When You’re Wondering If They’ve Changed

I have always had the motto: “People don’t change.” I don’t exactly know when it started or why, but it just always seemed to make sense. It was an easy proverb to tell your best friend when convincing her not to get back with her ex-boyfriend; it was a trite phrase to comfort your sister when her friends let her down for the millionth time; and it was a great excuse to write-off bad behavior by people by simply stating that they would always be the way they were, so why expect any different?

I have recently discovered that this motto is an absolutely ridiculous and cynical way to view the world and the people in it. Don’t get me wrong, people rarely make noticeable changes without some large life event or dramatic self-realization, but to assume that people never change is ludicrous.

I think the problem stems from the interpretation of the word “change.” For example, if you think of the phrase as, “People don’t grow” instead of “People don’t change,” you are left stupefied about how absolutely insane it would be to think that people don’t grow. Of course people grow! They grow; they mature; they learn; they experience; they fail; they succeed. Life happens, and it leaves them different than before.

I think about my life only in the past three years of college. I reflect on what I thought the truth of the world to be, and I am blown away by how different that truth is now. All of the ideas, opinions, and perceptions I had before have evolved so much. I can only imagine that the same has happened and is continuing to happen to the people in my life.

And although I cannot see the changes in all of my friends, I know they must be there. I recognize that, as humans, we are fallible and that sometimes causes us to be a bit self-involved. So while I could speak a mouthful about how and when and why I have changed through the years, I haven’t really focused on the ways that I have let people down and needed redemption. I have friends that have had moments of weakness when they were not perfect, and I acted harshly. I used this motto as an excuse to believe that this one action defined their character rather than every other choice they had made. Looking back, I can only hope that no one has been so harsh when thinking of me.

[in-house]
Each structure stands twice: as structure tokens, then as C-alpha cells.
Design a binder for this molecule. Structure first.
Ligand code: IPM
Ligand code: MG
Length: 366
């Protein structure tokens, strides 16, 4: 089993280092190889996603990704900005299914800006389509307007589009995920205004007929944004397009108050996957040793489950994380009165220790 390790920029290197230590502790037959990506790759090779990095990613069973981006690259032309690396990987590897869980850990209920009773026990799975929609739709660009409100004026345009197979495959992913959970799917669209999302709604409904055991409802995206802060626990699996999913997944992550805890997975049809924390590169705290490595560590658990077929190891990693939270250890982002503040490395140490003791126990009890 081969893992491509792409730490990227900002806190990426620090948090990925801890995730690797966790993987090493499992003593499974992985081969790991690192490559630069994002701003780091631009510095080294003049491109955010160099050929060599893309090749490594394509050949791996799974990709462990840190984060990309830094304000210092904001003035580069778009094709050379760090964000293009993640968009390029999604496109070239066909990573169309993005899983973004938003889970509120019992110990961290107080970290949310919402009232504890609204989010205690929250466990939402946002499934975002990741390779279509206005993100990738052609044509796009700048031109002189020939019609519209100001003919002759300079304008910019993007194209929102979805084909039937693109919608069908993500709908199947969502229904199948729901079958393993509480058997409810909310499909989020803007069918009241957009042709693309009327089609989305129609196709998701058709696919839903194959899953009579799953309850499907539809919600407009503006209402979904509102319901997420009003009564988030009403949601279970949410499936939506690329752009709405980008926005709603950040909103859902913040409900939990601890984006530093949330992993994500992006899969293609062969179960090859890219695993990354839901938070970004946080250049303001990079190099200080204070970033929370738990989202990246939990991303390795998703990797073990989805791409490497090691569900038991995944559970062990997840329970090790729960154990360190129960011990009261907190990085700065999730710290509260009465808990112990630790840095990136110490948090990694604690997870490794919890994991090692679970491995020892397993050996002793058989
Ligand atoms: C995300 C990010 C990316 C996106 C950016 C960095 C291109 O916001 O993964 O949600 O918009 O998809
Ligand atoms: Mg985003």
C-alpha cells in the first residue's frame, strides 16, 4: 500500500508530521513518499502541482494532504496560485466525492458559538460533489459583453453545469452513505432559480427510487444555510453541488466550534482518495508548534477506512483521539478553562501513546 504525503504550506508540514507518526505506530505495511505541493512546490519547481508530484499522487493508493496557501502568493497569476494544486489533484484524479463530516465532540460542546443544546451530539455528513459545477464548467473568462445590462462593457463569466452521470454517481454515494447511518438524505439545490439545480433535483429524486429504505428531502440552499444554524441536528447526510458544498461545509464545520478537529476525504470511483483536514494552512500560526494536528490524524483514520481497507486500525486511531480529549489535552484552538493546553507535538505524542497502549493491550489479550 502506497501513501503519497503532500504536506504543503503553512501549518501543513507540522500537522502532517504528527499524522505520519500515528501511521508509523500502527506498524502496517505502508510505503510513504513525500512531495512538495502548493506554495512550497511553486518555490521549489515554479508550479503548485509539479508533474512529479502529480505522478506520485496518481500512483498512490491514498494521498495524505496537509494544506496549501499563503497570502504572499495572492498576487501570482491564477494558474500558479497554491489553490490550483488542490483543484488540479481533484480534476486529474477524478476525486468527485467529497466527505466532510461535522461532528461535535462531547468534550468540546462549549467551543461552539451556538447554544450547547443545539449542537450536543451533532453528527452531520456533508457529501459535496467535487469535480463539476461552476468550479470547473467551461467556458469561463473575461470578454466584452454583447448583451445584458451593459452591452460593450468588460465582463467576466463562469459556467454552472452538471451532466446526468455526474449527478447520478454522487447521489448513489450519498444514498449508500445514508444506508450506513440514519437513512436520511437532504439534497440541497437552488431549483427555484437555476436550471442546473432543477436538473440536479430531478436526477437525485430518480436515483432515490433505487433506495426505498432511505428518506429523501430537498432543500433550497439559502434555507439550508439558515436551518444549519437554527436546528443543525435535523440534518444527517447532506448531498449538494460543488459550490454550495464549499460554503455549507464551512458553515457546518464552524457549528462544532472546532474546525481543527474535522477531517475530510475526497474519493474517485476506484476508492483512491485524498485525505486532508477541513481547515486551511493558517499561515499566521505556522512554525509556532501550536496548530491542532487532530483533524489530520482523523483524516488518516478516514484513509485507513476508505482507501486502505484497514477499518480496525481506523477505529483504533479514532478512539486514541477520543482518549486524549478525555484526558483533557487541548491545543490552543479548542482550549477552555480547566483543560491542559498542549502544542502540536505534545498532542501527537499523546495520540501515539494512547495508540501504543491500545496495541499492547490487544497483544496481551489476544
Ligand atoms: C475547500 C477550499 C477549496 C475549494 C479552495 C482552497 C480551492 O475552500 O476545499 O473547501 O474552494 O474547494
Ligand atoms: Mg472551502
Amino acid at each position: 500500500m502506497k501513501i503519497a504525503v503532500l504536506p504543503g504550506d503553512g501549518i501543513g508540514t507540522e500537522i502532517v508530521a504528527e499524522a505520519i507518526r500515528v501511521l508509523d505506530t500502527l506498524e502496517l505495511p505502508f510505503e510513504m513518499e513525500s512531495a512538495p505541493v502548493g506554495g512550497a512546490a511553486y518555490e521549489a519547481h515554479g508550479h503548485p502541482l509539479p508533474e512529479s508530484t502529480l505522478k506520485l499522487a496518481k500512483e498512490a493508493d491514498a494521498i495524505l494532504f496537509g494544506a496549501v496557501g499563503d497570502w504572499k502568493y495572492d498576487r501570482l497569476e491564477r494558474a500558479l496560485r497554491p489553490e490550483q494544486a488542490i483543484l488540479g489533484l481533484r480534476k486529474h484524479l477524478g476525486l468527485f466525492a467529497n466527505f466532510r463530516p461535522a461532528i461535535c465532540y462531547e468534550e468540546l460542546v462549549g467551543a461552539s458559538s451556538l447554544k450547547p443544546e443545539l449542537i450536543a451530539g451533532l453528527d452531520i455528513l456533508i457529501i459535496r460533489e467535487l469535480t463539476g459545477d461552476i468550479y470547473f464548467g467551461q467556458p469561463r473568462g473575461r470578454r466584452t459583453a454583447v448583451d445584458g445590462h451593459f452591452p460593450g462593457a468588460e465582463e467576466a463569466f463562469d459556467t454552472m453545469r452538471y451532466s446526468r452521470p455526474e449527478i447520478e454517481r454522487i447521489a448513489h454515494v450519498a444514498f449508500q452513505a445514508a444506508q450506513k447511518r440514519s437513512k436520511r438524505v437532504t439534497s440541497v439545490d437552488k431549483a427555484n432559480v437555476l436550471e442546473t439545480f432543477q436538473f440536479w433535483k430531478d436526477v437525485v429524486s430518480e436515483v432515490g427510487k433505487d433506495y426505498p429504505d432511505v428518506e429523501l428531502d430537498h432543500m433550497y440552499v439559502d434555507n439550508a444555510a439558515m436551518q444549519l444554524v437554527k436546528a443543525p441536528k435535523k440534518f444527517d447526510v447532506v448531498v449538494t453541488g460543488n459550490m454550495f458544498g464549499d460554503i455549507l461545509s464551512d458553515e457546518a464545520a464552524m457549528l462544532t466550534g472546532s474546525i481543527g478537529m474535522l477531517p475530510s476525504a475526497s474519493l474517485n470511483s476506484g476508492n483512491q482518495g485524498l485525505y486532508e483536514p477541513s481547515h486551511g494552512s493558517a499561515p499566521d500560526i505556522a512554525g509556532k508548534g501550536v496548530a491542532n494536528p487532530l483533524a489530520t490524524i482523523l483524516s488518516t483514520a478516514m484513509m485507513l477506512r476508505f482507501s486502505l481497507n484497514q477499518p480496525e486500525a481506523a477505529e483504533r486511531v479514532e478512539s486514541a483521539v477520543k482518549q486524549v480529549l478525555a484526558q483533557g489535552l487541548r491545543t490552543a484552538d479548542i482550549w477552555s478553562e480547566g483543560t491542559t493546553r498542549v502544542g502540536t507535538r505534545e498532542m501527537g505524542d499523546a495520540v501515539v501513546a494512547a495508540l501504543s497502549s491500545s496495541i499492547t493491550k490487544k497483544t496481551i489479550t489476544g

As I continue to contemplate this phrase and my newfound hatred of it, I began to think about why people say it to begin with. I had my own moment of self-realization. Maybe we say that people don’t change because we don’t want to admit that we alone are not enough for them to make a conscious decision to act differently. We don’t want to admit that people CAN change, but despite our largest efforts, they CHOOSE not too.

When we think about this in terms of other people, we become offended. But, take a look at your own life. For me, I can name many people and many experiences that have influenced me in the past three years, but I will also say that if someone asked me to change specifically for them, I would not be keen on the idea.
   
So what should we do with this information? I don’t know about you, but I am going to choose to hope that my experiences with people influence them to become better people and make kinder choices. I am going to choose not to write-off people’s behavior simply because that’s “how they are” and choose to demand good friendship from them. That being said, I am also going to choose to forgive and love people because we are all flawed, and we all learn. Sometimes we hurt people without knowing and without meaning to, but as long as we continue to try we are on the right track. And, in my book, that’s something to be positive about. Thought Catalog Logo Mark

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